How Tier 1 Automotive Suppliers Can Use 5S Audits


October 6, 2015

Using Layered Process Audits

Who doesn’t like a clean workspace?

Your job is to deliver the correct parts to the correct place at the correct time—efficiently and consistently.

Cleaning, organizing and standardizing your plant and office helps you accomplish this because a clean, organized and standardized workplace builds efficiency and consistency. Picture in your mind the difference between a clean and a messy work place and you know what we mean.

Implementing 5S will improve your workplace and your profits. 5S stands for:

  1. Sort
  2. Straighten
  3. Shine
  4. Standardize
  5. Sustain

Since 5S auditing was invented, people have added three more “S’s”: Safety, Security, and Satisfaction. Safety is always a top priority; nothing lowers moral like an injury on the job. Concerns about security have increased exponentially since the inception of 5S auditing in the 1940’s. And satisfaction is multi-tiered: satisfaction for plant owners, stakeholders, business partners, customers, and employees.

But the basic 5S audits remain the same. Best results occur if you perform these steps in order.


In this basic first step we separate the necessary from the unnecessary. The members of an automotive shipping or packaging area determine as a team what objects they are going to remove, retain, or store to make the area more efficient. Team members “red tag” items as they sort through them so they can discuss each item’s fate. In the plant, this means junk, refuse, broken equipment, and prototypes. In the office, it means out-dated computer hardware, broken furniture and old documentation. If the team is unsure of what to do with any items, place them in a special area for later consideration.

Sorting is not limited to objects. It also means improving safety and efficiency. Are work instructions available and up-to-date? The team can identify broken safety devices and remedy them, repair non- or poorly-operating electrical and mechanical devices, and remove clutter.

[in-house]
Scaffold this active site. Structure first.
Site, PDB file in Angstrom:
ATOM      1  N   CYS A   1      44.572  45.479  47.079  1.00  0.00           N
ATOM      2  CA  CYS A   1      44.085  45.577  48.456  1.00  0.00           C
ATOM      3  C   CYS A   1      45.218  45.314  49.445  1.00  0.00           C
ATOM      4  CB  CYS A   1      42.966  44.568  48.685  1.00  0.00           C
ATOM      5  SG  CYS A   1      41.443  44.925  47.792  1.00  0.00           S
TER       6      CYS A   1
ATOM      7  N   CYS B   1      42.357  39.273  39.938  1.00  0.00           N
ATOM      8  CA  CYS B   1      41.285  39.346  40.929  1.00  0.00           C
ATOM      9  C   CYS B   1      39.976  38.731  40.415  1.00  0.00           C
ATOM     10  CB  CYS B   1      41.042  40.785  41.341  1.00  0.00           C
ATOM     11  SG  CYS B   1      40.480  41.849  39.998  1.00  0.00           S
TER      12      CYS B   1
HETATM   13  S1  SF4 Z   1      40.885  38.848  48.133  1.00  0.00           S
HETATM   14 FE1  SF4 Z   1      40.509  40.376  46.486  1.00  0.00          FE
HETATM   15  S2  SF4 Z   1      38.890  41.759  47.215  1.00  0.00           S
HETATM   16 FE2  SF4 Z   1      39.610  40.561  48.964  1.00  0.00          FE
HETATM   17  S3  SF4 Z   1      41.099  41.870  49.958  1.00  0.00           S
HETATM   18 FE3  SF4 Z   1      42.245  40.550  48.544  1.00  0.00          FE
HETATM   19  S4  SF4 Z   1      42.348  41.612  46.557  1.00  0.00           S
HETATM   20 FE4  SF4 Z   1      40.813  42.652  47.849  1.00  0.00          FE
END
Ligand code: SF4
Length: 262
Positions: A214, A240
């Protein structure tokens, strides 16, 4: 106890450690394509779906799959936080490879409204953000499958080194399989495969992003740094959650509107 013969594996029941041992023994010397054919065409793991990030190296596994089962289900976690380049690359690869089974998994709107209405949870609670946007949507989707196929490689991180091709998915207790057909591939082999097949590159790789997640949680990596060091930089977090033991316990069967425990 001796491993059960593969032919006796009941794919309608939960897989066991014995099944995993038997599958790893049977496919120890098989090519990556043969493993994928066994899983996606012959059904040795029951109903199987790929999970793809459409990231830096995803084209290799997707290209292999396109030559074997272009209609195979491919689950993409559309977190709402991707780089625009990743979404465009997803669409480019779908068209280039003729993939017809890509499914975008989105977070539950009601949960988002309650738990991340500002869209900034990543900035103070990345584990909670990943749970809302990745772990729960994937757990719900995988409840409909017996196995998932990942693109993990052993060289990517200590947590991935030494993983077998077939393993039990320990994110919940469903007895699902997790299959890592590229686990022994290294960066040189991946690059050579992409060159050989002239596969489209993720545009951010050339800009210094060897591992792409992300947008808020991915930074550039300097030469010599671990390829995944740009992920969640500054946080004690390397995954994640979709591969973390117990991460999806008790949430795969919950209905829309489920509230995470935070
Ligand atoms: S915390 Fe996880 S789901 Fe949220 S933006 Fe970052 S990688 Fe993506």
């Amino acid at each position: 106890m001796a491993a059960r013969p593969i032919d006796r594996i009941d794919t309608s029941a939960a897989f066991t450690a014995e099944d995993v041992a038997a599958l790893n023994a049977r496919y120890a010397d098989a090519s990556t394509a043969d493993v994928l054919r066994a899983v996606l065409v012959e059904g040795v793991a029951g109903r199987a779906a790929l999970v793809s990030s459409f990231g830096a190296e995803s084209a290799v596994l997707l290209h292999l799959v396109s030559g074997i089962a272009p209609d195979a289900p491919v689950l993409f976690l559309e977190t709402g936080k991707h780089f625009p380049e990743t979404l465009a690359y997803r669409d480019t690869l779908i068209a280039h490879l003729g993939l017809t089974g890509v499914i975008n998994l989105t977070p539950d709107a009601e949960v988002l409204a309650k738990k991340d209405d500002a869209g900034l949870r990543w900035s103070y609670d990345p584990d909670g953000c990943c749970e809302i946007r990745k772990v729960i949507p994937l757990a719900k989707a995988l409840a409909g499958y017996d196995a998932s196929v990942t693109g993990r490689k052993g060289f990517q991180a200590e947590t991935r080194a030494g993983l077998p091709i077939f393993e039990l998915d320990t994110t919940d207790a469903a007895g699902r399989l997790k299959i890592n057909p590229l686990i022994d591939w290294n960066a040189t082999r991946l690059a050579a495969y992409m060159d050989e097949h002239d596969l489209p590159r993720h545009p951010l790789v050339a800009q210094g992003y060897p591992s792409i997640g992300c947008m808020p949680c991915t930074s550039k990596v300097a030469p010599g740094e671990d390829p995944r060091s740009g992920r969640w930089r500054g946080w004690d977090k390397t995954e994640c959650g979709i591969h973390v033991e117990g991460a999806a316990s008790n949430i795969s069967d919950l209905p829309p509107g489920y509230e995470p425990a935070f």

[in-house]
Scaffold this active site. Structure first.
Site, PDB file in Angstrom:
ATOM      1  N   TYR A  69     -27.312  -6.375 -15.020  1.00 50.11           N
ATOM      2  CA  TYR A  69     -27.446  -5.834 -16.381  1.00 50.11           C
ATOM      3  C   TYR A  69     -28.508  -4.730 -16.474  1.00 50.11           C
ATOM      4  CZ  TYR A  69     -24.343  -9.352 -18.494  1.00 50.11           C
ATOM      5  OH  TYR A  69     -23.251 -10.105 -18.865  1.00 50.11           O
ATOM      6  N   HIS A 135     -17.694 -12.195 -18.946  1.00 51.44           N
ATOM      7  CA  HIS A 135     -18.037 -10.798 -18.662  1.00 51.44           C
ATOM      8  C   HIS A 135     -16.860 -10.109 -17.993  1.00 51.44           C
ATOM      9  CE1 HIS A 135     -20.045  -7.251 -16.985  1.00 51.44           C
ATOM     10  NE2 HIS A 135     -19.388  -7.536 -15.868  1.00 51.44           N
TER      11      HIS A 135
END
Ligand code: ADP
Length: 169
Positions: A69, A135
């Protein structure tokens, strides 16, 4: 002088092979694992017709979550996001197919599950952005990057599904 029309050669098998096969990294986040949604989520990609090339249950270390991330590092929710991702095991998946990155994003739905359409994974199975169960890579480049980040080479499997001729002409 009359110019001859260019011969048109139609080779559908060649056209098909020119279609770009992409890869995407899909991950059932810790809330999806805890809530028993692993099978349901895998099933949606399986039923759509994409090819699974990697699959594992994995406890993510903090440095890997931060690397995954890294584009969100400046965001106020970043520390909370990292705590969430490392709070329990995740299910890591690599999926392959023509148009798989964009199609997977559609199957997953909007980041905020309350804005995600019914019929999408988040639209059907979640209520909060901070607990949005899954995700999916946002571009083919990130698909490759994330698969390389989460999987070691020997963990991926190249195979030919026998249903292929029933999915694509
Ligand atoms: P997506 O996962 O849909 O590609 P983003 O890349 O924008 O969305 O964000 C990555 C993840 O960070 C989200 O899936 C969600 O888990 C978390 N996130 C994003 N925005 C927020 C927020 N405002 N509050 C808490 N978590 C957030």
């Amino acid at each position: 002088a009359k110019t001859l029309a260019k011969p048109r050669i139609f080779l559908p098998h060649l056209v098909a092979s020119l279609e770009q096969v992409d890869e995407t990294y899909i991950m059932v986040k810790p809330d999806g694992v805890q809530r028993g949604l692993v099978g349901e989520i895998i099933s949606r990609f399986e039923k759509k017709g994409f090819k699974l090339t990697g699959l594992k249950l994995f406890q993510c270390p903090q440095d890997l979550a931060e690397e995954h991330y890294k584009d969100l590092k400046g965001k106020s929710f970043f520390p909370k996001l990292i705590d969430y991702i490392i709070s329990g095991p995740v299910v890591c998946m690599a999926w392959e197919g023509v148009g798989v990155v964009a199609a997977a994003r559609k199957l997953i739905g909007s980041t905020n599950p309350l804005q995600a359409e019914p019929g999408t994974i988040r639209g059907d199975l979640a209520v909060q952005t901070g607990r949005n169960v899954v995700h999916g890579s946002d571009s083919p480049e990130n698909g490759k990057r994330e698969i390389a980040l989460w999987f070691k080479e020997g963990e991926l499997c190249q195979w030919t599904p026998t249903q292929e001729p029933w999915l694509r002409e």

While the team is sorting, it may come up with new proposals to improve their areas. Great—document these ideas for further discussion within the team.


It is essential, especially in the plant, that work areas are arranged for top efficiency. Place the parts, tools, and packaging materials team members use the most in prominent areas and reserve space farther away for those the team uses less frequently. Organize areas so that tasks flow following the easiest routes. Organize the team members themselves in the station for the most efficient movements and logical coordination.

Use correctly sized Kanban containers for parts and tools, the correct equipment for the workstation’s job, and quick-change handles when appropriate. Employ shadow boards for tool and equipment storage.


Clean and organize work areas so they are not just clean but shining for maximum performance and usability. Sweep and clean floors. Degrease and polish surfaces. Repair leaks. Paint surfaces and equipment where needed using light-colored paint so any leaks are obvious and so they can be repaired sooner. Install improved lighting and replace burned out light bulbs. Update warnings and postings so team members have the most current safety and job information. Put desks, storage units, and work benches on casters for easiest moving and cleaning. Retractable hoses and electrical cables make the area look neat.

In the office, vacuum the carpet; dust and clean all surfaces. Replace worn carpeting.


The workstation looks and feels great if the equipment is standard within the station and with the other stations in the facility. Use the same style lighting, storage units, workbenches, shadow boards, desks and chairs. Arrange furniture and equipment in offices and workstations similarly, if practical and possible.


The plant and offices operate best when it is always orderly and clean—not just on Fridays or on inspection days. The team can assign each office or work area member a specific responsibility and make sure him or her remains accountable for that job. The team can also appoint a member to conduct audits after the initial organizing, cleaning, and arranging so that the momentum continues. Make sure the auditor documents the 5S audit so members can monitor the process easily with charts and graphs as well as statistics. Publish results, making them visible and available to the team, perhaps posting them in workstations and break areas and certainly including the results and talking about the benefits at team meetings.

Efforts towards implementing 5S auditing improve over time. Key obstacles to effective implementation include too little standardization (the fourth “S”), management resistance to actual 5S auditing even though management is receptive to the concept, not enough time spent in training for an effective 5S audit, and lack of effective benchmarking.

Tier 1 automotive suppliers can benefit in many ways from the correct implementation of a 5S audit. This includes improved efficiency, faster and more accurate order filling, better packaging, and ultimately a more successful and profitable company.

The best part might just be that most components of the 5S audit are simple, common sense, and do not cost much. The second-best part is that the audit just might make everyone feel better.